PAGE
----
Nextpeer can add multiplayer to any iOS game


December 6, 2011

Nextpeer adds multiplayer features to any single player game

Nextpeer adds multiplayer features to any single player game

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A new service called Nextpeer has just become available for any iOS developer wishing to add multiplayer features to their single player game. Typically, when a mobile game developer wants social or multiplayer elements in its games - leaderboards, achievements, tournaments, etc. - it has to build them itself. Nextpeer eliminates this hassle by offering a free SDK that can bring these features and more into any game that uses it.

With the service integrated into a game, developers can easily add some useful components to keep players engaged and bring them back again and again. Nextpeer offers achievements, timed tournaments, ranking systems, and "bets" on virtual gold that developers can customize without actually affecting the core gameplay. The developer just adds the SDK to a game - whether its a shooter, a puzzler, or any other genre - and the game quickly has a set of social tools for players to have fun with. A user simply plays the game as they usually would but will receive notices occasionally about achievements they've unlocked or their current place in a tournament (e.g. "You're X points behind the top player!") This way, players are given a greater sense of urgency when playing, since they aren't just mindlessly playing a game so much as competing against other people. Nextpeer also offers a GameHub app that tracks players' scores and promotes other games using the service.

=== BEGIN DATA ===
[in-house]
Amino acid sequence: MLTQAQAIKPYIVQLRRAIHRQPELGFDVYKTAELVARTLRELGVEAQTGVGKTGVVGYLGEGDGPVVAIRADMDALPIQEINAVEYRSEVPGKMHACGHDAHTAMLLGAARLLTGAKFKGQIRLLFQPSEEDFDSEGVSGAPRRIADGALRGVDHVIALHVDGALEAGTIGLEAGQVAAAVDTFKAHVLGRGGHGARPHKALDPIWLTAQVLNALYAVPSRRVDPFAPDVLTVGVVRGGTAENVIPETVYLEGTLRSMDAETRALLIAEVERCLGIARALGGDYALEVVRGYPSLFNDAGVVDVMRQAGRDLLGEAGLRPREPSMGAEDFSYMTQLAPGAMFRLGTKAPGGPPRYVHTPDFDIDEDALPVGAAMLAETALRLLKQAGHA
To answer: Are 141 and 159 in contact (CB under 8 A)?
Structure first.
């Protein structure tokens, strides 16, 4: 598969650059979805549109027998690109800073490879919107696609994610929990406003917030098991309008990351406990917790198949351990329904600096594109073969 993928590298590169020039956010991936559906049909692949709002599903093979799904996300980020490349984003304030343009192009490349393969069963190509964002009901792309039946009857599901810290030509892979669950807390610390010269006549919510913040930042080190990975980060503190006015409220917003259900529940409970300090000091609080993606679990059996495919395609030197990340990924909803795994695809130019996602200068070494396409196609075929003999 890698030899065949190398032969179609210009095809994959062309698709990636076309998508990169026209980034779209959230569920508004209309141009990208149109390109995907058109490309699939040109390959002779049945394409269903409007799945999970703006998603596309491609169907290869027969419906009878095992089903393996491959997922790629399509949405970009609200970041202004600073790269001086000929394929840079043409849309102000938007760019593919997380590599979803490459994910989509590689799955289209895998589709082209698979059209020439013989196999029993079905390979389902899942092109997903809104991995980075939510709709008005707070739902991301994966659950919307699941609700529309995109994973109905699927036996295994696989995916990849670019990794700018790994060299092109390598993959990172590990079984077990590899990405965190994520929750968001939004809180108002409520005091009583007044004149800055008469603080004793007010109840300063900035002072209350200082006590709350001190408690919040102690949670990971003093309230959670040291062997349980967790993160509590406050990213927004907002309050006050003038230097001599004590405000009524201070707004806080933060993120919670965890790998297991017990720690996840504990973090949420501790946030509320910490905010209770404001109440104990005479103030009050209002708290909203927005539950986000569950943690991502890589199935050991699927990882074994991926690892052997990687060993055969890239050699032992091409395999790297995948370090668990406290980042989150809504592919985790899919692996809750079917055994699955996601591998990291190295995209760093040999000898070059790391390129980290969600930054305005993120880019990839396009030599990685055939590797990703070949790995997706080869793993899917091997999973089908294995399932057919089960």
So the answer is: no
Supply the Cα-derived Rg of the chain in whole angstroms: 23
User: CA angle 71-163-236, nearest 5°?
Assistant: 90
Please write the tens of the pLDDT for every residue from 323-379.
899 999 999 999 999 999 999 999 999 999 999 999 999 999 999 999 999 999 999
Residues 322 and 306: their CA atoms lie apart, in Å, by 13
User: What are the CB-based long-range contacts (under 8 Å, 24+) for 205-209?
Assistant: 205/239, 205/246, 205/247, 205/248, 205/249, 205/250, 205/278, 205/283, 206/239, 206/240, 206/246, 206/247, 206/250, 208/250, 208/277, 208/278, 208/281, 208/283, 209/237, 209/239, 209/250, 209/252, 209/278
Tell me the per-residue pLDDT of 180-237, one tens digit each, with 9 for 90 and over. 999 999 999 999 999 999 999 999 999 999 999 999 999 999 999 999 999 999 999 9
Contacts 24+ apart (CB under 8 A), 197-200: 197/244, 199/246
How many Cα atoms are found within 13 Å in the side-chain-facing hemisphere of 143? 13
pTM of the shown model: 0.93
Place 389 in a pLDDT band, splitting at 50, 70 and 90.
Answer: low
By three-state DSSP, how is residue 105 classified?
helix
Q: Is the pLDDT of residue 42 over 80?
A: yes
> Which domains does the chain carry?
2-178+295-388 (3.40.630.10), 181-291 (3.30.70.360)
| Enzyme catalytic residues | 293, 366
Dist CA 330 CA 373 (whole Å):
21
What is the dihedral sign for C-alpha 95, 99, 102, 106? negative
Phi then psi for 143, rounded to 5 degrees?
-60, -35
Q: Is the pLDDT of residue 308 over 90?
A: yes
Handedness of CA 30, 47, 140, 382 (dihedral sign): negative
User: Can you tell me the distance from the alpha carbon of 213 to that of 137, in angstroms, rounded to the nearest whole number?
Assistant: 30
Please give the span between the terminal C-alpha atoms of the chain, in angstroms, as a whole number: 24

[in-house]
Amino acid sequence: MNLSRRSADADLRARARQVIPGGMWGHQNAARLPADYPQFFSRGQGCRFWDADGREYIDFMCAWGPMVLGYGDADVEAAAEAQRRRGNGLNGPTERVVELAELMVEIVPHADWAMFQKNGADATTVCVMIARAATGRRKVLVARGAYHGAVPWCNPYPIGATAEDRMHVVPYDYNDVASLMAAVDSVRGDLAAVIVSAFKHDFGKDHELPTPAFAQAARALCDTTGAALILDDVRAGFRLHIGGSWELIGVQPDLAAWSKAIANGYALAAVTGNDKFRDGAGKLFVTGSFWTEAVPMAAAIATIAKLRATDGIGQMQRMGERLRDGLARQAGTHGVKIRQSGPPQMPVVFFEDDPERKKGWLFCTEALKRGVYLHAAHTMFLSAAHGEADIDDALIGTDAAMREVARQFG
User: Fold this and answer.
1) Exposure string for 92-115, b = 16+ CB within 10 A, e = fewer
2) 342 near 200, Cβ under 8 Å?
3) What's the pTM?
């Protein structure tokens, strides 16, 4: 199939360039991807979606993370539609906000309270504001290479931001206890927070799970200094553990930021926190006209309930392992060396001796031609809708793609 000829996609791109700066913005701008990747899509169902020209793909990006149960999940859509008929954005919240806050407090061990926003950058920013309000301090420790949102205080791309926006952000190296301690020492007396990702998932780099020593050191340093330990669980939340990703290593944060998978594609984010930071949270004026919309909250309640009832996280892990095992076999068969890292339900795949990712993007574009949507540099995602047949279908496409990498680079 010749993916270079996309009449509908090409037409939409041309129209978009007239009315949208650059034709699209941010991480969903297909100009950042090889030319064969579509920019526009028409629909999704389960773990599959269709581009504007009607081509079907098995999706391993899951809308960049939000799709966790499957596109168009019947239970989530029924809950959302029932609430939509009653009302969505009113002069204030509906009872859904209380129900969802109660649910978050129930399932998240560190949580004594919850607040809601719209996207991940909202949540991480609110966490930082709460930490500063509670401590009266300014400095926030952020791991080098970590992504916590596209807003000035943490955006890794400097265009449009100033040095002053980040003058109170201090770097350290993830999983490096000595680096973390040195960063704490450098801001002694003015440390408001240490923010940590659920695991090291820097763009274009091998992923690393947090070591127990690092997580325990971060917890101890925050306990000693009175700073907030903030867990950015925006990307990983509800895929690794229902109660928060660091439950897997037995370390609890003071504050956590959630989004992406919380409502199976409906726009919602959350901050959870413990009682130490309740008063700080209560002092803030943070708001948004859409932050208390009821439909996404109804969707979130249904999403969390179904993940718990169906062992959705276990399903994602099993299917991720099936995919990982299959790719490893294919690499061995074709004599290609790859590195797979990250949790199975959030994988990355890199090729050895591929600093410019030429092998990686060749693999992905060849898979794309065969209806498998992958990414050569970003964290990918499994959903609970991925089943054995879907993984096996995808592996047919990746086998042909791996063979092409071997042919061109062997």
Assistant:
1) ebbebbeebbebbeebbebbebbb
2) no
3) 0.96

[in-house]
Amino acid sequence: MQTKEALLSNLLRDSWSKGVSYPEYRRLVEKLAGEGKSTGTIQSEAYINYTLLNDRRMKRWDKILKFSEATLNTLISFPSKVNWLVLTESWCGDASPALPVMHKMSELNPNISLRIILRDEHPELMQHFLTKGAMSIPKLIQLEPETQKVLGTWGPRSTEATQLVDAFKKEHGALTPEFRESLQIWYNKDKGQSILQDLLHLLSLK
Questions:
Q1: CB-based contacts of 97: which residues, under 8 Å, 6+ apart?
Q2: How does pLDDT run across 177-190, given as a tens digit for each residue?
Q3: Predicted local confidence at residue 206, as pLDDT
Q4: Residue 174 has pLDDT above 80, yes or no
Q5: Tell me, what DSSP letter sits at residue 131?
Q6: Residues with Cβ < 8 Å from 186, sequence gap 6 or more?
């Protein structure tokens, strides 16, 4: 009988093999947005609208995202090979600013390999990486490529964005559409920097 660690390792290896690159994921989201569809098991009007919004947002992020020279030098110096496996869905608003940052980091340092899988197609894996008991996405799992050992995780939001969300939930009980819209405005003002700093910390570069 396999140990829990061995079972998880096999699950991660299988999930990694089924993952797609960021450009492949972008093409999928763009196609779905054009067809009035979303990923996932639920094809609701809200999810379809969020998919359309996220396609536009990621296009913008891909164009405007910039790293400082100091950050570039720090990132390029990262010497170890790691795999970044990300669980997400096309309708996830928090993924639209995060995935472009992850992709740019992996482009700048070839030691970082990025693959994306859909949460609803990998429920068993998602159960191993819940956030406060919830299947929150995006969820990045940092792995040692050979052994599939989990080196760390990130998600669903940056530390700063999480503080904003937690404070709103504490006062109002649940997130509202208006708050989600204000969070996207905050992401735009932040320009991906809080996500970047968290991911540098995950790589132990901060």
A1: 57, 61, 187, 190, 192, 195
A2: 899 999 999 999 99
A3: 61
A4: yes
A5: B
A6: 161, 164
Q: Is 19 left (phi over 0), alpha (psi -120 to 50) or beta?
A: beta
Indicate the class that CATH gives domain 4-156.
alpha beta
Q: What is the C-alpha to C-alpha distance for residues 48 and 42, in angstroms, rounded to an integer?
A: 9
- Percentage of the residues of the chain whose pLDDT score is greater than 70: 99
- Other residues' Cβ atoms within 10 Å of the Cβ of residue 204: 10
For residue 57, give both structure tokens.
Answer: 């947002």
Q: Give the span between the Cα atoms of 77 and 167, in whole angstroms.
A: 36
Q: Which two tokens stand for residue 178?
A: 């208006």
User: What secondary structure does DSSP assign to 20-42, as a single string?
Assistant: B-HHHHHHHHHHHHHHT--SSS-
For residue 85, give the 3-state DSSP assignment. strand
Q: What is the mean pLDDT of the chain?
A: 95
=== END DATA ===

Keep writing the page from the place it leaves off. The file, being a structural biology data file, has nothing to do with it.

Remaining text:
During a private beta period that started in August, Nextpeer signed up over 250 developers for the service, integrating the SDK into seven titles so far, with 40 more in the works. The company has already seen positive results from games using the service, with 30% of users going back to use the features after three or more days and 10% using the in-game component that suggests other Nextpeer-enabled games for them to download. The company expects to have one to two new games with the service released each week in the future.

Source: TechCrunch

About the Author
Jonathan Fincher Jonathan grew up in Norway, China, and Trinidad before graduating film school and becoming an online writer covering green technology, history and design, as well as contributing to video game news sites like Filefront and 1Up. He currently resides in Texas, where his passions include video games, comics, and boring people who don't want to talk about either of those things. All articles by Jonathan Fincher
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